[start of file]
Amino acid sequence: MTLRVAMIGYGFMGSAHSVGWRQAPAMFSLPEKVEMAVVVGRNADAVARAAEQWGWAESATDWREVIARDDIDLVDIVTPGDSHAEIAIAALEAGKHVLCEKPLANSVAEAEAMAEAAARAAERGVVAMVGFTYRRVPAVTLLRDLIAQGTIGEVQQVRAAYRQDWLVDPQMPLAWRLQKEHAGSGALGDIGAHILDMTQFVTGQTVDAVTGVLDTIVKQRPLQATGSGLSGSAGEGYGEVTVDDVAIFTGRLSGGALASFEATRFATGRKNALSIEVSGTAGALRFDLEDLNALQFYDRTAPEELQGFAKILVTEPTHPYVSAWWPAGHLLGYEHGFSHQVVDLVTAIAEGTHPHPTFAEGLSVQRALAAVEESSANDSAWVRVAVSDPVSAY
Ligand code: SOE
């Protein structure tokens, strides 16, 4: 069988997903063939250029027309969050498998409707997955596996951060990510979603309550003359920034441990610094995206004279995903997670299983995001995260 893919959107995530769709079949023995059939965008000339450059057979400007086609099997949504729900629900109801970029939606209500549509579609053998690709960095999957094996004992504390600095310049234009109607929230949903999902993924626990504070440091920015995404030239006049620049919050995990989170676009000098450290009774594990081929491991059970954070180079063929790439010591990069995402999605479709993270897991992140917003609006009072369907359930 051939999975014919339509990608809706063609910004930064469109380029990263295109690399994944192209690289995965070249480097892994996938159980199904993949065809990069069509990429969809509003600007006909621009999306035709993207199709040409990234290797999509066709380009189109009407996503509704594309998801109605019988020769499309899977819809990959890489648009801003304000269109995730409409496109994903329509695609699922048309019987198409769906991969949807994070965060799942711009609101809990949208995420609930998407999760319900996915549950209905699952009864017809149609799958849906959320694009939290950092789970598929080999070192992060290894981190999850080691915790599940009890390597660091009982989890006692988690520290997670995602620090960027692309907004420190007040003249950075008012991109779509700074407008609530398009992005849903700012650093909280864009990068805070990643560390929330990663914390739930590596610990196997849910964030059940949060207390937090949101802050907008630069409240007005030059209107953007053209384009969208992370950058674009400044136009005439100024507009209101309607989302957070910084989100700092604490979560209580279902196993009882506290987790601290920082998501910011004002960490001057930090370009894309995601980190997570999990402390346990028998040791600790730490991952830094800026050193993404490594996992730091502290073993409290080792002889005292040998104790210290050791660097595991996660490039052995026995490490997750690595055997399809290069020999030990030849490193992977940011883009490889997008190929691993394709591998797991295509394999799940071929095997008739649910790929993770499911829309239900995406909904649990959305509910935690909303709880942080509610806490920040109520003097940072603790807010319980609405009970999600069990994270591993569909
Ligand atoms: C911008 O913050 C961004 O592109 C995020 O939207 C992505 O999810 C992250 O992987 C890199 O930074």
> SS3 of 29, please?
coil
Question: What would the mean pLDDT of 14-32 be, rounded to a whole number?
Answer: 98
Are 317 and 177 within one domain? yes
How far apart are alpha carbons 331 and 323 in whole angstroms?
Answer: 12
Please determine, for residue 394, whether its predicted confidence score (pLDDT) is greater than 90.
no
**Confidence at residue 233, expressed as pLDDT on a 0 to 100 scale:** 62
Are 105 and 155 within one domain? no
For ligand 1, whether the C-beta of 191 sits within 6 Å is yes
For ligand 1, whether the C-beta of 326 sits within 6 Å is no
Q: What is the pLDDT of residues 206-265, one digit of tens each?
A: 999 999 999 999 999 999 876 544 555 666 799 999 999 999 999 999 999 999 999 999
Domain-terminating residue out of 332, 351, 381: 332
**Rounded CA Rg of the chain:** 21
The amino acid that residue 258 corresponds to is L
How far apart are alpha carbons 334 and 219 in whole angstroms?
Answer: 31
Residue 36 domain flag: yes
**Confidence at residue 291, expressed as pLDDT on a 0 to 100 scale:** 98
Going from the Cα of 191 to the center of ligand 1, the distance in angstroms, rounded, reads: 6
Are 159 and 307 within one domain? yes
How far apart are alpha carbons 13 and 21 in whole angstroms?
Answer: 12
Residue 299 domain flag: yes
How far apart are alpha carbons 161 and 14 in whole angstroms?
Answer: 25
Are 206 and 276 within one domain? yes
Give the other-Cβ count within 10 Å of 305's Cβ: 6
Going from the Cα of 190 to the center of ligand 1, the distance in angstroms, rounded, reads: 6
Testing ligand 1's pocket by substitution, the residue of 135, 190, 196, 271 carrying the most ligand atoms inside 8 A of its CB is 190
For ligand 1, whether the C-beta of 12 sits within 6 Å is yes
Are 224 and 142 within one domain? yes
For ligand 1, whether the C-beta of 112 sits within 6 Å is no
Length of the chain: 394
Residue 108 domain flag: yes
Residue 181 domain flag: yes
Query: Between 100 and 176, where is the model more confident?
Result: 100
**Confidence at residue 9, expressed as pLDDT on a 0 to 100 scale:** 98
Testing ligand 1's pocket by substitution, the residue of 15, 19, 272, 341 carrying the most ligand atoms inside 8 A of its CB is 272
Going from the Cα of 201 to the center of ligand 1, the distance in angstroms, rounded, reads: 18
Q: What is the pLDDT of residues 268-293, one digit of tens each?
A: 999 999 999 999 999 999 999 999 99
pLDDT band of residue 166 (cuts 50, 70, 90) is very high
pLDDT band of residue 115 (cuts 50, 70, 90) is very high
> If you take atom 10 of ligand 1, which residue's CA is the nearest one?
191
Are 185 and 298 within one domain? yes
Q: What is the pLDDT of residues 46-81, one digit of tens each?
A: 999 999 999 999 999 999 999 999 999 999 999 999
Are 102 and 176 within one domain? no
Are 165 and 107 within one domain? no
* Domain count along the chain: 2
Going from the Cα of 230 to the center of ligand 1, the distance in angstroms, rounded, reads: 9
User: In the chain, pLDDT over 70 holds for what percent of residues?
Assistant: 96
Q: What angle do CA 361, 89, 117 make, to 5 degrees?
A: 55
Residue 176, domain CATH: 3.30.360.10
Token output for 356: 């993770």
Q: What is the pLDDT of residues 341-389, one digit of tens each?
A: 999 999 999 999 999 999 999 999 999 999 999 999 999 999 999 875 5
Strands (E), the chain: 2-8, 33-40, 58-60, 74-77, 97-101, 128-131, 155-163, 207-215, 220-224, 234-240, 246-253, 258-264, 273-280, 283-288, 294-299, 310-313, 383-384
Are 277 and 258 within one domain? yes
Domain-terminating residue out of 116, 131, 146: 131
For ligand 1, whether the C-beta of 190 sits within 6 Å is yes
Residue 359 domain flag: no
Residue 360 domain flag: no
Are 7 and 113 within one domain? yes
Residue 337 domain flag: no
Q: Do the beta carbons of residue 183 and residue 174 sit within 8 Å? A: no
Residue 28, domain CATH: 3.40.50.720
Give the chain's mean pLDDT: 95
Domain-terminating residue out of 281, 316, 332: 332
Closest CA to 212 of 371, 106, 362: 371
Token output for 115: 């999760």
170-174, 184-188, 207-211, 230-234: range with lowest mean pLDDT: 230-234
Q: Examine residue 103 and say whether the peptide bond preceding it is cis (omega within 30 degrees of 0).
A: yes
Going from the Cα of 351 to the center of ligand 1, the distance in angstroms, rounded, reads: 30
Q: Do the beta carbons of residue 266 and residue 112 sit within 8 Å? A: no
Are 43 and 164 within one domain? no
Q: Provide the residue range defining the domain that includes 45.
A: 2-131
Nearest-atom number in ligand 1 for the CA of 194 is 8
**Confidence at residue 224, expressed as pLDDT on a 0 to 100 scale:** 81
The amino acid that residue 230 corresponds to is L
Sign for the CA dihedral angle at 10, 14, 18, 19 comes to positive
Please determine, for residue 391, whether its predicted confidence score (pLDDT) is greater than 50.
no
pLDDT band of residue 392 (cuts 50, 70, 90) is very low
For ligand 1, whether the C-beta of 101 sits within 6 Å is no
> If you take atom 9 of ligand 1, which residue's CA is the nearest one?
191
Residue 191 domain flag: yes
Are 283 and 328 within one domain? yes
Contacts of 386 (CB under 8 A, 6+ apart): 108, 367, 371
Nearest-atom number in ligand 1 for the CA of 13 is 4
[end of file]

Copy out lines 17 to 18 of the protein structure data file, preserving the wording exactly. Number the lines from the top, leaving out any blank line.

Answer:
For ligand 1, whether the C-beta of 326 sits within 6 Å is no
Q: What is the pLDDT of residues 206-265, one digit of tens each?